Saturday, April 28, 2007

Virginia Tech Blame Game

Virginia TechWhile most people respond to a tragedy like Virginia Tech with shock and sadness, a contemptible few immediately react by claiming the event as strained support for their pet political theories. Two particularly shameful examples from the past week are pertinent to the science fiction, fantasy, and horror genre community. They come from opposite sides of the political spectrum, but should be offensive to all rational readers regardless of their politics.

The first is a long letter to Locus Online posted there on April 21. It is a bizarre, paranoid rant by Marleen Barr, who once taught at Virginia Tech and fancies herself a pre-eminent feminist science fiction critic. In Barr’s view, Cho Seung-Hui’s killing spree was a misguided but understandable reaction to the intolerable lack of diversity at Virginia Tech and the infuriating existence of George W. Bush.

Barr explains that Cho selected his first victim to make a statement about sexism at Virginia Tech: “I think that Cho Seung-Hui picked a female to be his first victim in order to make a statement about how Tech responds to that which is Other in relation to white male patriarchy. He knew that one shot dead female would be treated as, well, ‘just’ one shot dead female. No need to shut down the campus.” (Never mind that the other dorm victim, Ryan Clark, was male.) Cho then purposefully targeted only minority faculty for his shooting spree, as a peculiar form of backlash against the lack of diversity on campus. (To make this theory fly, Barr ignores Kevin Granata and assigns Jamie Bishop to an unorthodox minority: German teachers with long hair.) All the white students Cho shot simply “were in the wrong place at the wrong time.”

How the President is responsible for all this is unclear, but Barr feels the need to mention Bush and members of his administration by name a dozen times in her letter – all the while using the annoying rhetorical tactic of denying she is saying what she is saying even as she says it: “I will presently refrain from comparing the Cho Seung-Hui gun-in-hands hyper-masculine action hero image to that of the theatrical spectacle of Bush on the aircraft carrier.” (In the words of Inigo Montoya, that word “refrain,” I do not think it means what you think it means.) Barr’s best moment is where she points out that Bush once served turkey to soldiers in Iraq and a Hokie, the Virginia Tech mascot, is a castrated turkey. Her point is entirely obscure, but hell, it sounds anti-Bush, so that’s all good.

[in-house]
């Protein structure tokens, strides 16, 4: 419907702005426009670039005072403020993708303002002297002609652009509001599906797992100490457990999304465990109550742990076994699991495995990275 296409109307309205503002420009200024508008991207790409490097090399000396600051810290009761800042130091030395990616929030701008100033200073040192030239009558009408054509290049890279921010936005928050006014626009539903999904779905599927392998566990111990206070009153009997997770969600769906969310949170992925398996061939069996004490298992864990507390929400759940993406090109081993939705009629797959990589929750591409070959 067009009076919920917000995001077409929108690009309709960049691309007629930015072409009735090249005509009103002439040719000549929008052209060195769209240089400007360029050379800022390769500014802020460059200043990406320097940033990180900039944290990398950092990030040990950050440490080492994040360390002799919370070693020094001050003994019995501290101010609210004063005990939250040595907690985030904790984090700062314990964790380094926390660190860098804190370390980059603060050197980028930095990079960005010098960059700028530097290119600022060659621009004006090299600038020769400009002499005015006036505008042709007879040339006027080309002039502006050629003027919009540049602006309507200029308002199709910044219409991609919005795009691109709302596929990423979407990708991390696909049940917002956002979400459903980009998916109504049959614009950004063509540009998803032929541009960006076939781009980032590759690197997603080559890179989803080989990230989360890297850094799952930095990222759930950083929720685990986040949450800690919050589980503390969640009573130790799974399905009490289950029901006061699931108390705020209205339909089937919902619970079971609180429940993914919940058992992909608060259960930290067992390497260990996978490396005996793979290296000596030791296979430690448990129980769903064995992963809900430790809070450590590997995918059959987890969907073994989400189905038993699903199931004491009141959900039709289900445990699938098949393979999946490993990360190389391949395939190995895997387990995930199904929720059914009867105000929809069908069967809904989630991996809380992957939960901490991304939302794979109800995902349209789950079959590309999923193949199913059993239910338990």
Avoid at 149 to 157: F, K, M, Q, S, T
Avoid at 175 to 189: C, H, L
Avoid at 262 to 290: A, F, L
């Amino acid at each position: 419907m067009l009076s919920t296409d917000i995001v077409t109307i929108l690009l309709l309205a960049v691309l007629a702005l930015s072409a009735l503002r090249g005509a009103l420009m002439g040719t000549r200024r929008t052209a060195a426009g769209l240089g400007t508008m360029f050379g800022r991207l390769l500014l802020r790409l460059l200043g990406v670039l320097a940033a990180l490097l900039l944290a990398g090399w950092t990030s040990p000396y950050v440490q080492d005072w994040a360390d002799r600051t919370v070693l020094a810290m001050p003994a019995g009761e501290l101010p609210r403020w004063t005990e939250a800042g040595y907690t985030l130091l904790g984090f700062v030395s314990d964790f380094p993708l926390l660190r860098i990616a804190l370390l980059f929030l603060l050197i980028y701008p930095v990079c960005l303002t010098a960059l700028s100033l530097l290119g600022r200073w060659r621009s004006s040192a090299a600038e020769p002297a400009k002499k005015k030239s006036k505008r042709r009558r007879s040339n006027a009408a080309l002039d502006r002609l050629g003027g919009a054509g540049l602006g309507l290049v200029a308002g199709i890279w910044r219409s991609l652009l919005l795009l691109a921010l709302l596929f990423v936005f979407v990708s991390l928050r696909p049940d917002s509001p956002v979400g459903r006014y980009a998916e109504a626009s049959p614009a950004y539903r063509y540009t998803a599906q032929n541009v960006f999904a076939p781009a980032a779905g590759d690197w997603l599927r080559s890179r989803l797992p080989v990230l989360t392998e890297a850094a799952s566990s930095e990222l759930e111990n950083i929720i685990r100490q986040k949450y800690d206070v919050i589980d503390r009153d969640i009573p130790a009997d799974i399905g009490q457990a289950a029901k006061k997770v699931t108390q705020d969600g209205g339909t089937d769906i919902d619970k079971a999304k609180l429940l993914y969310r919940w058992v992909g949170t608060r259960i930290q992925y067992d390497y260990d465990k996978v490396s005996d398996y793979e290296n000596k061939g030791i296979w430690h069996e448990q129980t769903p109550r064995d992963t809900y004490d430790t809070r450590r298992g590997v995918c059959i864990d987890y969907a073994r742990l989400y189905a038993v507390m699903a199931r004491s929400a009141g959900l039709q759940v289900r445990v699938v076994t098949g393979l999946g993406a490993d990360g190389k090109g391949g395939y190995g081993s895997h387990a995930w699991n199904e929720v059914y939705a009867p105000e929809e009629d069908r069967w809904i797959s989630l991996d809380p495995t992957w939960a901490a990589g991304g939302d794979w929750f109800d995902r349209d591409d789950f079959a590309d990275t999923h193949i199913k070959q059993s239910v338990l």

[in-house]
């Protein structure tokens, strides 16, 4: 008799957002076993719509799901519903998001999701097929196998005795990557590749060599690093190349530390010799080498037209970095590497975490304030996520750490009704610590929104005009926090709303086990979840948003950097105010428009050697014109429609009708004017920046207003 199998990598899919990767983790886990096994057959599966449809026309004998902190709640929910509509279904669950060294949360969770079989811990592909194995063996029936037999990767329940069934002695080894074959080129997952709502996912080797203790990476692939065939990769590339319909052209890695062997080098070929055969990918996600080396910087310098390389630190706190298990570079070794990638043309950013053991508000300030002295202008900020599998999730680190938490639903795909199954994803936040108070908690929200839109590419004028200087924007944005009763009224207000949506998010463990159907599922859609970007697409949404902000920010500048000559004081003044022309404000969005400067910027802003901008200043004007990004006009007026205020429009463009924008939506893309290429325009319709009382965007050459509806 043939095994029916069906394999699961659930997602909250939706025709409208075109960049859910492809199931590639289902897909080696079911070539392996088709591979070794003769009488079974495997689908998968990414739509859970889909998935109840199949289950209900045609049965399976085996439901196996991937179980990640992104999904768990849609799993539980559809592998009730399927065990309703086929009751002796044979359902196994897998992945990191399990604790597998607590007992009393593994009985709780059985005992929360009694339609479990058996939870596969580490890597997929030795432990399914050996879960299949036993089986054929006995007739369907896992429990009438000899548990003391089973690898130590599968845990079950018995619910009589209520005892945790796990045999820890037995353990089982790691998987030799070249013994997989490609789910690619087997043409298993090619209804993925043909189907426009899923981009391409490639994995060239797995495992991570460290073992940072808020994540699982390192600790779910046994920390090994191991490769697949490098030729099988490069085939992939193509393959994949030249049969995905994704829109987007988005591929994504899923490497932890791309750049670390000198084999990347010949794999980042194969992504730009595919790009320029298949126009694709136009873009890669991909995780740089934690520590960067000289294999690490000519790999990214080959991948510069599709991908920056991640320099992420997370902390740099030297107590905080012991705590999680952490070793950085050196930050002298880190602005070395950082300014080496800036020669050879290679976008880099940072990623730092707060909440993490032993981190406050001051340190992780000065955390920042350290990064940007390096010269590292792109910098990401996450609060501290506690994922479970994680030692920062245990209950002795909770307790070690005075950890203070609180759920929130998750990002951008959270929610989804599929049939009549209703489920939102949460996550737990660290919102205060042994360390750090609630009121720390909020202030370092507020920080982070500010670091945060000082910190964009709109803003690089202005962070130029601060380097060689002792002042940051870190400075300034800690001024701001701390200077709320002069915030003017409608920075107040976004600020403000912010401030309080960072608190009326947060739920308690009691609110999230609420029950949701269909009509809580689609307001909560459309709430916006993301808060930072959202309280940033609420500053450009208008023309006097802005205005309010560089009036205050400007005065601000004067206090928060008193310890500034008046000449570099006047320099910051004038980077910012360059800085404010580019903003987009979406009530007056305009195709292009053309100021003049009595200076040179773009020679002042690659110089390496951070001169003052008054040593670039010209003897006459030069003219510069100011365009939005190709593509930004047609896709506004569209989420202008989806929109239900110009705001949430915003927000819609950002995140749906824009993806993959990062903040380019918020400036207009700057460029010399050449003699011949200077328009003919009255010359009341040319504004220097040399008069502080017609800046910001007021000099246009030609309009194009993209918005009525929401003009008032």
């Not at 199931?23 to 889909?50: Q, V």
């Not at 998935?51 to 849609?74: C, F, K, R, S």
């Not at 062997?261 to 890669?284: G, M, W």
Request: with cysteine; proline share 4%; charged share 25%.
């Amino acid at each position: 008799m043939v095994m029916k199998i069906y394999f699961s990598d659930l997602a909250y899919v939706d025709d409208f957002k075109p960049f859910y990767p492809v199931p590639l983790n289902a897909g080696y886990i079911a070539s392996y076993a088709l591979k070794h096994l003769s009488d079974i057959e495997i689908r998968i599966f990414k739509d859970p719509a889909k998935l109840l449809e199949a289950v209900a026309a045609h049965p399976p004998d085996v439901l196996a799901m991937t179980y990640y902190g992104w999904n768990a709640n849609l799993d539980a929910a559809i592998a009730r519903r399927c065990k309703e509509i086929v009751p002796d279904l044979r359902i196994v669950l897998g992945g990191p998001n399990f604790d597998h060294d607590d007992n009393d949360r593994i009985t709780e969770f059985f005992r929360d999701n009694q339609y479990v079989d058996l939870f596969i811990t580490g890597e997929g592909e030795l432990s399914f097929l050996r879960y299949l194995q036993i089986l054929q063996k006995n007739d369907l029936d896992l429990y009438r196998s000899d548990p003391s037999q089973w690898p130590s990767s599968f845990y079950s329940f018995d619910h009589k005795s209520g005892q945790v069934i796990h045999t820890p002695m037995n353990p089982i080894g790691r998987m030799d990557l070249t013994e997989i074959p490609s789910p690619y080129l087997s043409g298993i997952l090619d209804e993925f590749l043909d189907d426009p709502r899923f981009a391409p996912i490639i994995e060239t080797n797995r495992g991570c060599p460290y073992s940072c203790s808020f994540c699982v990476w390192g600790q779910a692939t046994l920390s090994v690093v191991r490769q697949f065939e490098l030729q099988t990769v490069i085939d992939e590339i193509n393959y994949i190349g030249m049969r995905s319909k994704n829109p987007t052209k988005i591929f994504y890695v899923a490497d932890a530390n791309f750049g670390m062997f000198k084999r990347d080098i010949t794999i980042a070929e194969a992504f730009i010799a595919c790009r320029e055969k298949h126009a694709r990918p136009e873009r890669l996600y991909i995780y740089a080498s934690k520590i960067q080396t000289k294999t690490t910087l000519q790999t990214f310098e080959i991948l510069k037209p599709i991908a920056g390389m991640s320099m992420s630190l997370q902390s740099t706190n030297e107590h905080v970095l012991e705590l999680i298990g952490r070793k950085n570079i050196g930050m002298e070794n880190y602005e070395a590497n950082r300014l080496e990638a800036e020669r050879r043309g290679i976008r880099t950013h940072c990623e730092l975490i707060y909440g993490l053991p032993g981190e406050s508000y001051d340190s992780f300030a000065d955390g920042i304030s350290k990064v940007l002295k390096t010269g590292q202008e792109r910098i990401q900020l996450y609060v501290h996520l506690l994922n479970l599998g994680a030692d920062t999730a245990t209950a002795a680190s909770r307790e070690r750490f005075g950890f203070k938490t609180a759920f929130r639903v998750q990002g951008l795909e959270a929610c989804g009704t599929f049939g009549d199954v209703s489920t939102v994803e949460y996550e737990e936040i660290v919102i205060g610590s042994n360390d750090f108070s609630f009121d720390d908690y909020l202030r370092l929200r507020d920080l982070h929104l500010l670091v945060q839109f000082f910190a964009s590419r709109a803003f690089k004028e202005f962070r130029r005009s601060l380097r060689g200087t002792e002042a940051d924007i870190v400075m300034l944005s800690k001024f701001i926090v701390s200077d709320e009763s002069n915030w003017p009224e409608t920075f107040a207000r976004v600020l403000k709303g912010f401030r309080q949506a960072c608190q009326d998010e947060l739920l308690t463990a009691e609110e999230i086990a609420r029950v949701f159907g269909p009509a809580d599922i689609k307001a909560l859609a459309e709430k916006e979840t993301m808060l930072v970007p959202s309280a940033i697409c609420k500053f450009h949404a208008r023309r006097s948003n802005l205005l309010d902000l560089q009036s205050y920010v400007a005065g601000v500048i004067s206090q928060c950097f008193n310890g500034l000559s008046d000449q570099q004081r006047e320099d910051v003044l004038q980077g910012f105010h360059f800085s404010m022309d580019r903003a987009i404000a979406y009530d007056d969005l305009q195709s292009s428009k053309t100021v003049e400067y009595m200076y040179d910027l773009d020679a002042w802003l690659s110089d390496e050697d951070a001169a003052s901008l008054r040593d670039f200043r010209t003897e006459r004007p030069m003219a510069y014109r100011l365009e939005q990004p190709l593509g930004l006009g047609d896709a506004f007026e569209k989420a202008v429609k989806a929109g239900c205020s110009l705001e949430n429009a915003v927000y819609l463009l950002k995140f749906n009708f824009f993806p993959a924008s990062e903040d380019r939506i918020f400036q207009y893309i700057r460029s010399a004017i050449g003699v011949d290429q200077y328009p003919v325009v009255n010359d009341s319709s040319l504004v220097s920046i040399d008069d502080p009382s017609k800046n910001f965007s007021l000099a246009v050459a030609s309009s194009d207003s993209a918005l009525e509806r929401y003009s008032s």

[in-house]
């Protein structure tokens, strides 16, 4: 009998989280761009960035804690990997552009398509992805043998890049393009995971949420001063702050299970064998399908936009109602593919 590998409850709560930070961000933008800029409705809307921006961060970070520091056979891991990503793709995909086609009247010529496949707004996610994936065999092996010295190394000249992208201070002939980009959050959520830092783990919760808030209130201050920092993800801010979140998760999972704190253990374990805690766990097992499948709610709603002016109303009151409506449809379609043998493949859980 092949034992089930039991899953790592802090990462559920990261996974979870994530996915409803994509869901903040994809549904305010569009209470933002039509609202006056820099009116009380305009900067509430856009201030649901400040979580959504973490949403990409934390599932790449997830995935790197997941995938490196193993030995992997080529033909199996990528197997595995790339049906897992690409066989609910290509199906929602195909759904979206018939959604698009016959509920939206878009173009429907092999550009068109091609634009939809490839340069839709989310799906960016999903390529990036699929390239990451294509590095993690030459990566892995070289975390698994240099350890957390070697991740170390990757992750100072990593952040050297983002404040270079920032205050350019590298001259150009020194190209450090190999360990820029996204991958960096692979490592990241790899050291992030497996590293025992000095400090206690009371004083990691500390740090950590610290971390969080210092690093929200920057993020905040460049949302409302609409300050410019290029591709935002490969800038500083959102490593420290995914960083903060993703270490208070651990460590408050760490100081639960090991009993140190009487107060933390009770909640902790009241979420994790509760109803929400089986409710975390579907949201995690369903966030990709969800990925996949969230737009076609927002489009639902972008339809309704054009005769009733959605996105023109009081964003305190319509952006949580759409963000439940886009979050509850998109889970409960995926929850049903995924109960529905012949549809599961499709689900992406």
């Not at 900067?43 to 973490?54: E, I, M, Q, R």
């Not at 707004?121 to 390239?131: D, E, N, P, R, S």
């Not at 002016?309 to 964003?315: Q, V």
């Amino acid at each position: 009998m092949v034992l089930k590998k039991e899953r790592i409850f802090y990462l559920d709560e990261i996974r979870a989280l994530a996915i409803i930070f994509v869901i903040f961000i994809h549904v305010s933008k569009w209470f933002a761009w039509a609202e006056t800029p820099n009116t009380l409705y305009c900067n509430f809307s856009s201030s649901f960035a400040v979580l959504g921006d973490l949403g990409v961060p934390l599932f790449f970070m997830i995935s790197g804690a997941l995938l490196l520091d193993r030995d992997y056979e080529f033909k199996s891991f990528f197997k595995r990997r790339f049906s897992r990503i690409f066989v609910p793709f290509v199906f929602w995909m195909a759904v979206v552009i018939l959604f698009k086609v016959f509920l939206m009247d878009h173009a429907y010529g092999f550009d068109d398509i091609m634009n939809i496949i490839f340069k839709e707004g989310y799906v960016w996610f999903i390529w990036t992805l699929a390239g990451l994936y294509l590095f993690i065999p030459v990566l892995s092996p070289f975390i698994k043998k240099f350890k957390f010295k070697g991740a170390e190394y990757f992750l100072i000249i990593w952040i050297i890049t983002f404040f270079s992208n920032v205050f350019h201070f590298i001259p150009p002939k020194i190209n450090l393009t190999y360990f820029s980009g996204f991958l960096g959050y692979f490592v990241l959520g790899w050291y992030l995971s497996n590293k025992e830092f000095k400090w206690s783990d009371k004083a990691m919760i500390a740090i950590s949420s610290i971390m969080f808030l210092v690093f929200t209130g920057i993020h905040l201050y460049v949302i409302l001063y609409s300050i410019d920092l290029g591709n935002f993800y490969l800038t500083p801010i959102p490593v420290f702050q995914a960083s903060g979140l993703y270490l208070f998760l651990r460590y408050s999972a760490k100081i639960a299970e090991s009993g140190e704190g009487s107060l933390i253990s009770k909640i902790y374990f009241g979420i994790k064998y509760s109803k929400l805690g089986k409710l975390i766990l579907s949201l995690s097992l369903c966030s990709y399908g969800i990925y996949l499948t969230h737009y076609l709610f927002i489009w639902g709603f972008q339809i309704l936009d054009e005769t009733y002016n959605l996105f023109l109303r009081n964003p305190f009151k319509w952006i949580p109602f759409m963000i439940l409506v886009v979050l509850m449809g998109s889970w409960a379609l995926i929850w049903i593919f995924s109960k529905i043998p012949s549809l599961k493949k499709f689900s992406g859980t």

Barr’s theories are not just nutty, they are vicarious terrorism. She seizes on an atrocity that someone else has committed and assigns blame to whatever it is about society that she dislikes. It is every bit as wrong-headed and offensive as when Jerry Falwell blamed 9/11 on feminists and gays.

The second comes from Mary Grabar, a conservative columnist at, who teaches English at someplace called Clayton State University. In an April 24 column titled “The making of a mass murderer--In english class,” Grabar attributes Cho’s murderous rampage to the fact that he took a class in horror literature and film at Virginia Tech. She wonders whether this directly caused the massacre, implying that Cho learned how to commit murder by watching The Texas Chainsaw Massacre in class (if only he had – he would have killed fewer people using a chainsaw). Even if not, she asserts that this class reflects an educational system that wastes time on unworthy topics and weakens students by undermining their moral resolve and religious beliefs, with the natural end result of an “egotistical, narcissistic, soulless, anti-Christian, anti-authority, anti-hero” like Cho Seung-Hui.

Poking around on the Internet, I managed to find the course description for this class in Contemporary Horror (scroll down to English 3984). Alongside The Texas Chainsaw Massacre and Stephen King, the course covers Horace Walpole, Edgar Allan Poe, H.P. Lovecraft, and Joyce Carol Oates, all of whom Grabar dismisses as “titillating ephemera” beneath the dignity of a legitimate English course. The course description does not explicitly indicate that Professor Stevens would take course time to “scoff at the notion of original sin,” but Grabar is quite confident he did.

How sad it is that someone who teaches college-level English cannot imagine how the tools of literary analysis might apply to anything more recent than Shakespeare and Chaucer – although the Virginia Tech course guide also lists classes on Shakespeare and Chaucer. (I’ll “refrain” from mentioning the hypocrisy that Grabar teaches Poe in her own American literature class or that she wrote her PhD dissertation about some hokey modern sci-fi writer named Pynchon.)

Ironically, Grabar describes great literature as that which “engages us in moral questions.” But there is no contemporary branch of literature as closely concerned with raising moral questions and confronting evil than horror fiction. One could not get far into many of the books covered in the Virginia Tech course, such as The Female of the Species by Joyce Carol Oates or the graphic novel From Hell by Alan Moore, without considering serious and important moral issues. It is a shame that Cho did not learn from the moral issues in these authors’ works, but then neither has Mary Grabar, so if you see her coming toward you, best dive for cover.

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